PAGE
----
Very long Covid. Four versions of the origin of Post-Covid Syndrome (PCS) and its most dangerous consequences?

Several months after recovering from Covid-19, millions of people around the world are still unable to return to normal life. Some continue to experience shortness of breath, increased fatigue, and loss of smell and taste.

For others, coronavirus symptoms that previously disappeared suddenly reappear after a few weeks, sometimes accompanied by new symptoms. For some, Covid-19 evolves into a severe chronic disease affecting almost every organ.

Scientists and doctors of various specialties are trying to understand how and why 10-15% of those infected with the coronavirus develop “long COVID” (doctors call it PCS – “post-COVID syndrome”) – a disease that has no formal definition or established name. There are already calls in the USA to equate it with disability.

The Russian service of the BBC tells which versions seem most plausible to scientists today and tries to answer the question of what awaits patients, some of whom have not recovered for more than a year.

Polina T. of Moscow contracted Covid-19 in the fall of last year. When the first mild symptoms appeared in September, she mistook them for a cold and decided to rest for a few days – but just in case, she ordered a coronavirus test, which came back positive. Polina lost her sense of smell the day after she was diagnosed, when she “went to smell mustard in the morning and didn’t feel it. But all in all, she says, “the disease progressed very calmly – without high fever or any complications: I was just very weak, and my temperature was around 37.2”. The temperature did not go down for more than three weeks. During this time, Polina managed to take the test twice: the first one showed the presence of the virus in her body again, and the second one came out “clean”. Around the same time, her temperature returned to normal, but general weakness and increased fatigue persisted for another month after her official recovery. The lost sense of smell returned even later – around New Year’s.

Polina thought she had fully recovered, but her joy was short-lived: literally a few weeks later, strange things began to happen to her sense of smell. Familiar smells began to change into an extremely unpleasant odor that Polina herself describes as “a compost pit of fermented rotten vegetables. We explain quickly, simply, and clearly what happened, why it matters, and what happens next. The number of offers should remain: episodes. The end of the story: Podcast Advertising First it was paprika, then other products – meat, poultry, cauliflower – were infected with the stench, but the most unpleasant thing happened when a Muscovite woman began to perceive with the same disgust the smells of human bodies, both her own and those of others. This continues to this day, with no improvement observed – even though it’s been four months since January, and the tests stopped detecting the presence of the virus in Polina’s body in mid-October, more than seven months ago.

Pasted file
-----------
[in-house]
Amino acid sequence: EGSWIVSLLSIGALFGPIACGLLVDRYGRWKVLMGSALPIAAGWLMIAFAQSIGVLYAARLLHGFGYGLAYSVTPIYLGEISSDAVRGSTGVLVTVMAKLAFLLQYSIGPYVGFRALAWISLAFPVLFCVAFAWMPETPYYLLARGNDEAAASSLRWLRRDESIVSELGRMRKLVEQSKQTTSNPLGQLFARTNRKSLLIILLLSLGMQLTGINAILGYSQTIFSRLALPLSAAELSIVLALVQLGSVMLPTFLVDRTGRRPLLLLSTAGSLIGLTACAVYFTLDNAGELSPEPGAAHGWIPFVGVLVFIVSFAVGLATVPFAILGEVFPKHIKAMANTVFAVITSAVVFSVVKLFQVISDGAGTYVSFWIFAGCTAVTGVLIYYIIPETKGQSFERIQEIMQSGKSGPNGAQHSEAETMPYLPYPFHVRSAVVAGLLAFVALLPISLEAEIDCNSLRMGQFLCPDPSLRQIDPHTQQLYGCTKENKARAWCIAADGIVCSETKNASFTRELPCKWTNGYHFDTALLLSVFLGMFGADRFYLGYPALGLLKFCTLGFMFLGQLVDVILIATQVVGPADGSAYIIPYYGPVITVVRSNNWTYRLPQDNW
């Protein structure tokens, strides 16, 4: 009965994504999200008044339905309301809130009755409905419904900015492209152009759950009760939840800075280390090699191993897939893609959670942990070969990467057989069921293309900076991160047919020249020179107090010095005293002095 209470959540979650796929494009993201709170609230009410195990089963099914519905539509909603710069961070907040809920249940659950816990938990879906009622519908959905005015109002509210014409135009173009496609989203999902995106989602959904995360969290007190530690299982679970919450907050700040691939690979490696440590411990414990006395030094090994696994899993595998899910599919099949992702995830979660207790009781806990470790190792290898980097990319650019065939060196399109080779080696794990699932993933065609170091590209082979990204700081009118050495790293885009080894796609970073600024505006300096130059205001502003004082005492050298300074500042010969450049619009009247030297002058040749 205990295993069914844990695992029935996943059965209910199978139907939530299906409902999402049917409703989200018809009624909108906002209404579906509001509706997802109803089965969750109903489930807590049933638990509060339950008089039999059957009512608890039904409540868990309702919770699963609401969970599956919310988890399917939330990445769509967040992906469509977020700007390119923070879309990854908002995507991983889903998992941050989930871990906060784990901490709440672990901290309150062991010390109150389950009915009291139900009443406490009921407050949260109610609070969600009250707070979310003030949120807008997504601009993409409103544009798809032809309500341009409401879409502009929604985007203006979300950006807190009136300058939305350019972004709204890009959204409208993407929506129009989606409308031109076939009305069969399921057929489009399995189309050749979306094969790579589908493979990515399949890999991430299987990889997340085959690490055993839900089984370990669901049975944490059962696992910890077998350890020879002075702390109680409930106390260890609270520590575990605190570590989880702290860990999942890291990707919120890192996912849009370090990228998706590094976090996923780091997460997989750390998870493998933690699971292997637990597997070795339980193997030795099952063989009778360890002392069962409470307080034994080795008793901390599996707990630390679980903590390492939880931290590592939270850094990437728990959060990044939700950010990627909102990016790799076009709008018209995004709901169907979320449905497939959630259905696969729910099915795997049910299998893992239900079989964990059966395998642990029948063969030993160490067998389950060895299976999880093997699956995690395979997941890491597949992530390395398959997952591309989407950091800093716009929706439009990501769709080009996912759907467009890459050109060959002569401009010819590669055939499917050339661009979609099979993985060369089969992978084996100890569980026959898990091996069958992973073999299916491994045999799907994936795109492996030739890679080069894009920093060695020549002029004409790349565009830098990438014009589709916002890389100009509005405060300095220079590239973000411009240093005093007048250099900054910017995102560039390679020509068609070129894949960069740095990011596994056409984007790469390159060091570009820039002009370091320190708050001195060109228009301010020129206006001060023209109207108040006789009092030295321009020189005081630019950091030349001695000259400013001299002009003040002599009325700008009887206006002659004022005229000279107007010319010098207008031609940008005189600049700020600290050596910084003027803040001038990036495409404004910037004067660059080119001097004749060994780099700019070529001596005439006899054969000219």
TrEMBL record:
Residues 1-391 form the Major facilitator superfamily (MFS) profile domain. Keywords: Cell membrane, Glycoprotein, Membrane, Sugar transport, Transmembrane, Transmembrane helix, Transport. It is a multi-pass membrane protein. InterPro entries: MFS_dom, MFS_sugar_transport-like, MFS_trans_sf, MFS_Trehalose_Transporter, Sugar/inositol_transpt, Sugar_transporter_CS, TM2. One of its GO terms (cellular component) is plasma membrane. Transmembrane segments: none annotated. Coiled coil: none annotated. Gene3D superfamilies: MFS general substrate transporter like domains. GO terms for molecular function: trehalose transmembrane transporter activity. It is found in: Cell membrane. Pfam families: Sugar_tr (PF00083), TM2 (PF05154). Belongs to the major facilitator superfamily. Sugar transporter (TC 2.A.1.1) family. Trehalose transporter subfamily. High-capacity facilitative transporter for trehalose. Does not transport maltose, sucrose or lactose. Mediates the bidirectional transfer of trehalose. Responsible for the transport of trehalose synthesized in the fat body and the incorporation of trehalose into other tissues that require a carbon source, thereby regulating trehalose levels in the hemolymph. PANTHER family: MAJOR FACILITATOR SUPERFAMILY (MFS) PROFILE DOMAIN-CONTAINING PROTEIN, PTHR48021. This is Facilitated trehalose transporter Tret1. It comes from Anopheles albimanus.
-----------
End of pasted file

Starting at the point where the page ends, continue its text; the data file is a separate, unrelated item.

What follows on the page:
Polina’s story is a case that, while not the most common, is far from unique. Loss of sense of smell is one of the symptoms of “long COVID”, now well known to doctors and extensively described in the scientific literature. It is unpleasant, of course, but not fatal – and there is even hope for a full recovery.

However, after recovering from Covid-19, a patient may experience a variety of symptoms that fall under the description of Long Covid. This is how Ashley Nicole, a 35-year-old lawyer from Alberta, described her condition. “This morning, for the 255th time, I woke up with a blinding headache: everything seemed blurry before my eyes, so I could hardly see anything. It felt as if someone had stuffed broken glass down my throat, and my chest was so twisted that it took my breath away…” The tweet was published last December, although Ashley contracted the coronavirus in March, at the very beginning of the epidemic, and officially recovered in April 2020. However, the symptoms of the disease did not go away and are still present today, albeit slightly diminished. In addition to fatigue (one of the most common symptoms), over the past 14 months since the onset of the disease, Ashley has lost almost all of her hair, the skin on her hands has become hypersensitive as if burned, and her nails have become loose and darkened. These are all very rare, but also common symptoms of “long COVID”, which manifest themselves very individually in different patients and vary greatly in diversity.